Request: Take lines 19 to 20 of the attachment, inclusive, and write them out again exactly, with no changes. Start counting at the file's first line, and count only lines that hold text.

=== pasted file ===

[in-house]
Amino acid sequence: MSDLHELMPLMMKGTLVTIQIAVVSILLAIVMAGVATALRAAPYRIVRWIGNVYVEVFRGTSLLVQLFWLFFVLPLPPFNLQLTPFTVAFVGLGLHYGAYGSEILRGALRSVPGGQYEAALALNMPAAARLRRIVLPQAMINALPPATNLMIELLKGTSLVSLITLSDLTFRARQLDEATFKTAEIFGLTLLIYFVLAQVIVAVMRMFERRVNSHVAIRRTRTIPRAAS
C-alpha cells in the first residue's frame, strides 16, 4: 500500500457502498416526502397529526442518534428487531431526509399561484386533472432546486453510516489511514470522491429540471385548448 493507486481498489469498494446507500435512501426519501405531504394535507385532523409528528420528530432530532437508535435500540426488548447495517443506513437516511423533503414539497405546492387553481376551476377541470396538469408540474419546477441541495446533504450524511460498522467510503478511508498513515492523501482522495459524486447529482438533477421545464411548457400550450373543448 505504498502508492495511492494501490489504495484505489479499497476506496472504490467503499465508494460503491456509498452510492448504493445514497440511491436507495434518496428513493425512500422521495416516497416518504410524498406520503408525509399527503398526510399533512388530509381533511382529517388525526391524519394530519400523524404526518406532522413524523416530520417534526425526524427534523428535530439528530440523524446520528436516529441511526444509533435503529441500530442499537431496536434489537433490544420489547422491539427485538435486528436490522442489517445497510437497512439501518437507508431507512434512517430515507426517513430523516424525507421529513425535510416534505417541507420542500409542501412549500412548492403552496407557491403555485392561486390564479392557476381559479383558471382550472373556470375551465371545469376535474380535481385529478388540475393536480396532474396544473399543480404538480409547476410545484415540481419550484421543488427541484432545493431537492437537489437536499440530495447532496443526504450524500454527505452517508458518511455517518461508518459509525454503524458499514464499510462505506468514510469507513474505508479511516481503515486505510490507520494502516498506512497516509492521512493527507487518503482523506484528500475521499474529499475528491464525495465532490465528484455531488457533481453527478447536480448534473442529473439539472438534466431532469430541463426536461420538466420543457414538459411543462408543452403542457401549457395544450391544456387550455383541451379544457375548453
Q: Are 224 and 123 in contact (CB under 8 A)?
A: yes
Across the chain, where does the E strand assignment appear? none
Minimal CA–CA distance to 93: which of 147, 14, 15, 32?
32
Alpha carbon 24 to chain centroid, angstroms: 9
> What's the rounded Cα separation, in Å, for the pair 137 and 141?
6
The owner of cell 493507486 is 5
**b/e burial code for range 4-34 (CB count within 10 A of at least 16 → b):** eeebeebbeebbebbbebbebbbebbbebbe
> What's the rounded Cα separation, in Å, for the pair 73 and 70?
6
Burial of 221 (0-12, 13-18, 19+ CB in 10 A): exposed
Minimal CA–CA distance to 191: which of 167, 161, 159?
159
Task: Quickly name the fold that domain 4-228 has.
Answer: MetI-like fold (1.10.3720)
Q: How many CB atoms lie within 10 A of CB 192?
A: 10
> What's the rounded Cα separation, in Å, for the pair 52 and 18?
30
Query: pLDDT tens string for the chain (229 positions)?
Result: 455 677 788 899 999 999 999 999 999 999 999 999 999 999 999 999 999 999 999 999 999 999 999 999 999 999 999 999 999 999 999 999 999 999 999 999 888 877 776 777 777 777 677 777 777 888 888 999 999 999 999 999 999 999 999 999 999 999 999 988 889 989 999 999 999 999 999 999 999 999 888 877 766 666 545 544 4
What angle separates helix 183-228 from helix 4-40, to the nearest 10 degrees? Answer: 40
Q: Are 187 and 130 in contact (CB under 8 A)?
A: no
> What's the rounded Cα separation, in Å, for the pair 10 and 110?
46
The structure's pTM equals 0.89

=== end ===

Task: Quickly name the fold that domain 4-228 has.
Answer: MetI-like fold (1.10.3720)